A global provider of enterprise software solutions turned to Altoros to build the front-end application for the Norwegian emergency fire services.
Brief results of the collaboration:
- The customer delivered a front-end application for the 22 operation centers and 300+ fire departments in Norway in 3 months.
- By shifting to a modular architecture, the system has improved maintainability and code reusability, saving the company resources and reducing the time it takes to modify and add new features by 2x.
- With recommendations from Altoros, the organization has a clear roadmap for strengthening the security of the emergency fire services app.
- Thanks to asynchronous programming and the engineering efforts around upgrading the solution to a 64-bit architecture, performance improved, and critical issues that caused the app to crash, such as running out of memory, were resolved.
Based in Canada, the company specializes in developing software solutions for media, utilities, and defense industries. In 2001, the organization signed a $29 million contract with the Norwegian government to modernize the software employed by the country's national emergency fire services.
The system used by the emergency fire services was deployed locally at each of the 22 operation centers and 300+ fire departments in Norway. Over time, this led to data synchronization issues, making the app challenging to maintain and secure. To address the problem, all of the system's databases and back-end apps were moved to virtual private servers to centralize data. However, the front-end Windows Presentation Foundation app, which provides operators with real-time information, such as building types, hazards, map locations, etc., was a 32-bit program prone to crashes due to memory limitations.
Relying on Altoros, the company wanted to engage the necessary talent in .NET development to optimize the system for the emergency fire services.
Under the project, the team at Altoros had to address the following issues:
- Being a monolith with tightly coupled components, the existing app was impossible to maintain.
- The system had access to sensitive data, including information about Norway’s infrastructure and population. As such, security was a top priority.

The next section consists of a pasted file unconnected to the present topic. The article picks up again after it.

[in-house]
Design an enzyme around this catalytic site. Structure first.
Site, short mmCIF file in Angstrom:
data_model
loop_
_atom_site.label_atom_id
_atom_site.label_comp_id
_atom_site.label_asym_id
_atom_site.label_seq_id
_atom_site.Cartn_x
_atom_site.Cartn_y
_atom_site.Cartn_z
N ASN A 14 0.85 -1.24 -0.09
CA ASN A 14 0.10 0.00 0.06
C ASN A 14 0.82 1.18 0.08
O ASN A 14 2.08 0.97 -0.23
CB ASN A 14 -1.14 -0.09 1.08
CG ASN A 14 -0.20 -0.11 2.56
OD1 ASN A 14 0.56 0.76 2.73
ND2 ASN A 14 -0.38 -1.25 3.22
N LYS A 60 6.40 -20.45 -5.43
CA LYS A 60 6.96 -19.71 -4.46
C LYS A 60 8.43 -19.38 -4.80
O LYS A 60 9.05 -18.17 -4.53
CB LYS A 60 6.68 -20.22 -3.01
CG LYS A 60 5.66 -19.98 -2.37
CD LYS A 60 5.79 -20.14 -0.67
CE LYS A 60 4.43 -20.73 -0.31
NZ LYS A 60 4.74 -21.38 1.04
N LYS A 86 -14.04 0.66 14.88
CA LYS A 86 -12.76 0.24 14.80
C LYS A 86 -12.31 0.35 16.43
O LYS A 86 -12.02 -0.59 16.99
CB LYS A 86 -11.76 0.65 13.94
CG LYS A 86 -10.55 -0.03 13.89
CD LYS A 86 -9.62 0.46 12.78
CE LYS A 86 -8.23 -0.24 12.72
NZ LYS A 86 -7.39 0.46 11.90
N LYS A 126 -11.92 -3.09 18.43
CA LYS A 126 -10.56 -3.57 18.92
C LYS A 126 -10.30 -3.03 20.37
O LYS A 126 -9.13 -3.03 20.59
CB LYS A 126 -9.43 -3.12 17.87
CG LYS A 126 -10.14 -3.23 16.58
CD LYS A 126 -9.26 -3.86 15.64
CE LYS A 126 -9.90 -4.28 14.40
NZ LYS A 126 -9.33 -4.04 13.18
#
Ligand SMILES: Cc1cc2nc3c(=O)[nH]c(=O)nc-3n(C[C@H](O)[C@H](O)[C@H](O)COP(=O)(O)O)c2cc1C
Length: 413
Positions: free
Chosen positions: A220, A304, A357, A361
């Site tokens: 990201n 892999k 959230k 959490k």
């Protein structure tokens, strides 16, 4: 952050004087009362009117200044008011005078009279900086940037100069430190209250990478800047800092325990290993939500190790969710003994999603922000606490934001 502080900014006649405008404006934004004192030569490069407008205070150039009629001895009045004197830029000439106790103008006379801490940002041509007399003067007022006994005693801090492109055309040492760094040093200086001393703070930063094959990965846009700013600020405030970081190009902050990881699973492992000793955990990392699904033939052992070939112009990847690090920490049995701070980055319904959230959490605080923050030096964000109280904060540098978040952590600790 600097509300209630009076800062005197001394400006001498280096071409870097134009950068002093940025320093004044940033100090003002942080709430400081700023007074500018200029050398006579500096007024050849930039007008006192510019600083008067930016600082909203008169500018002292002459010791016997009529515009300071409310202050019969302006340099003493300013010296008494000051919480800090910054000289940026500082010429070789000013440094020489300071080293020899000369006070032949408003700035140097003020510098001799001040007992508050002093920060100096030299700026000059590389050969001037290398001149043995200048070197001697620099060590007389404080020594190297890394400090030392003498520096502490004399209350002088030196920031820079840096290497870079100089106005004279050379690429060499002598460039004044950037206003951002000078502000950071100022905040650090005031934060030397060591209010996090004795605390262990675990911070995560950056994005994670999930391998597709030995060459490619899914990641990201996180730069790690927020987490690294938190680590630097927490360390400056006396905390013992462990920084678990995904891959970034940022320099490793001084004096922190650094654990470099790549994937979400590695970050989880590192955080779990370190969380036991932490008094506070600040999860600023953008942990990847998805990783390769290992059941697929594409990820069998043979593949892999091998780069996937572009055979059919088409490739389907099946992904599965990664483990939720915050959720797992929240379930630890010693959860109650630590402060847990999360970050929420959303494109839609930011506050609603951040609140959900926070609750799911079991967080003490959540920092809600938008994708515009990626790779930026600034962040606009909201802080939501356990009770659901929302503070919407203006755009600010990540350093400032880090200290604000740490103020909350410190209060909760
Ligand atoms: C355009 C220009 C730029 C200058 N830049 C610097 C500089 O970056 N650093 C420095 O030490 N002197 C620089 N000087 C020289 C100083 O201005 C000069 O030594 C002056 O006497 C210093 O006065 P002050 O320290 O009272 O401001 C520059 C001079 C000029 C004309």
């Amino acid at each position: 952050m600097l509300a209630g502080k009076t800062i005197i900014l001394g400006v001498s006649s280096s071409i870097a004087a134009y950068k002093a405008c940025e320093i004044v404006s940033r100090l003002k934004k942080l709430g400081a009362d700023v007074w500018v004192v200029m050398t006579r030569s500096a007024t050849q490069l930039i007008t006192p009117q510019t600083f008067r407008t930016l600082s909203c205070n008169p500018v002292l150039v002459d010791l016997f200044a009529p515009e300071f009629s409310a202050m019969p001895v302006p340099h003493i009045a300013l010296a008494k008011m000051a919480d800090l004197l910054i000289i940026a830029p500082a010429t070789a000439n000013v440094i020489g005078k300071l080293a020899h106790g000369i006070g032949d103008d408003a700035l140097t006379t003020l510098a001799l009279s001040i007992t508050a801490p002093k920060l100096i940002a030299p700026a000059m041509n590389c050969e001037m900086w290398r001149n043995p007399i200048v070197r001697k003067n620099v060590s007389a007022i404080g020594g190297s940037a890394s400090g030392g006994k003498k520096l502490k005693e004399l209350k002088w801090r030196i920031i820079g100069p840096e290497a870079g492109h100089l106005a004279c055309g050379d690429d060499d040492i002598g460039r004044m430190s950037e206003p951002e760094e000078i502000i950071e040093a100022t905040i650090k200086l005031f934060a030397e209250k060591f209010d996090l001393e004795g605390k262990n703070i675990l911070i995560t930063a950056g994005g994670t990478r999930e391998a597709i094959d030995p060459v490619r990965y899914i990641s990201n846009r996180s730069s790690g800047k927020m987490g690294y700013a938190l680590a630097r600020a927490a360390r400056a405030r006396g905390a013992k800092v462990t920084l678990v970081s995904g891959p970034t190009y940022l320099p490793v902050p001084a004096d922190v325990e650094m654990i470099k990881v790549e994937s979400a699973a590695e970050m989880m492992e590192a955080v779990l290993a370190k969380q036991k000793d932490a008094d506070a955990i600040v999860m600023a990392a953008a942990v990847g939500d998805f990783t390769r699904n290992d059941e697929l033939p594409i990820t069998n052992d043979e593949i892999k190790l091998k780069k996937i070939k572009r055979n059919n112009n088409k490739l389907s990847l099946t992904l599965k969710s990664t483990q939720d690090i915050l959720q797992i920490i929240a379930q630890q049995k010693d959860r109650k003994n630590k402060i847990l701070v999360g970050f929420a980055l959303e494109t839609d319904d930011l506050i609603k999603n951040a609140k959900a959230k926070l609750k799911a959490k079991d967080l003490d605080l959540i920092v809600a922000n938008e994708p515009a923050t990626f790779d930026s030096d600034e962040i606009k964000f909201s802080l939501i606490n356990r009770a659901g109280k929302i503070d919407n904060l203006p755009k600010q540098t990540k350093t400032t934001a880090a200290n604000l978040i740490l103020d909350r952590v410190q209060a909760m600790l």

- The app had to be responsive and free from any performance issues that can impact an operator’s ability to act quickly and save lives.
Stage 1. .NET engineers at Altoros investigated the architecture of the software, identified the existing issues, and created an optimization roadmap.
Stage 2. Then, the developers split the monolith and utilized the modular architecture to build a new component-based front-end app. This significantly improved maintainability and enabled code reusability.
Following the Agile methodology, the team at Altoros delivered viable results in quick iterations. In addition, the engineers conducted master classes for the customer’s in-house team around the best practices of modular design.
Stage 3. To boost performance, the developers at Altoros implemented a bunch of measures. First was upgrading the operating system from 32-bit to 64-bit. With asynchronous programming, the team made it possible to spread workloads across different CPU cores. The software’s mapping module, which uses ArcGIS, was also updated to the latest version. As a result, the engineers at Altoros made the program lightweight, more responsive, and capable of utilizing more than 4 GB of memory, resolving crashes caused by memory limitations.
Stage 4. The developers delivered recommendations around enforcing security. For instance, the team at Altoros suggested enabling load balancing, so that each client and server had an encryption certificate managed by administrators through Active Directory. The engineers also advised to employ the SSL and TLS protocols for encryption.
Stage 5. The developers at Altoros added a few new features, such as multiple display support and a configurable layout. Those allowed operators to simultaneously access the maps while handling emergency calls, as well as dispatching and coordinating first responders.
Stage 6. Finally, the QA engineers created and executed unit, smoke, regression, and acceptance tests.
Partnering with Altoros, the customer developed a new front-end app for the Norwegian emergency fire services in just 3 months. With a modular architecture, the company can modify and add new features 2x faster, saving time and resources with improved maintainability and code reusability. Thanks to asynchronous programming, the software is highly performant and responsive. The organization also has now a clear roadmap for securing the connection between the front-end and the back-end applications.
Frameworks and tools
Windows Presentation Foundation, Autofac, MediatR, Reactive Extensions, ArcGIS, RabbitMQ, Windows Communication Foundation, FluentValidation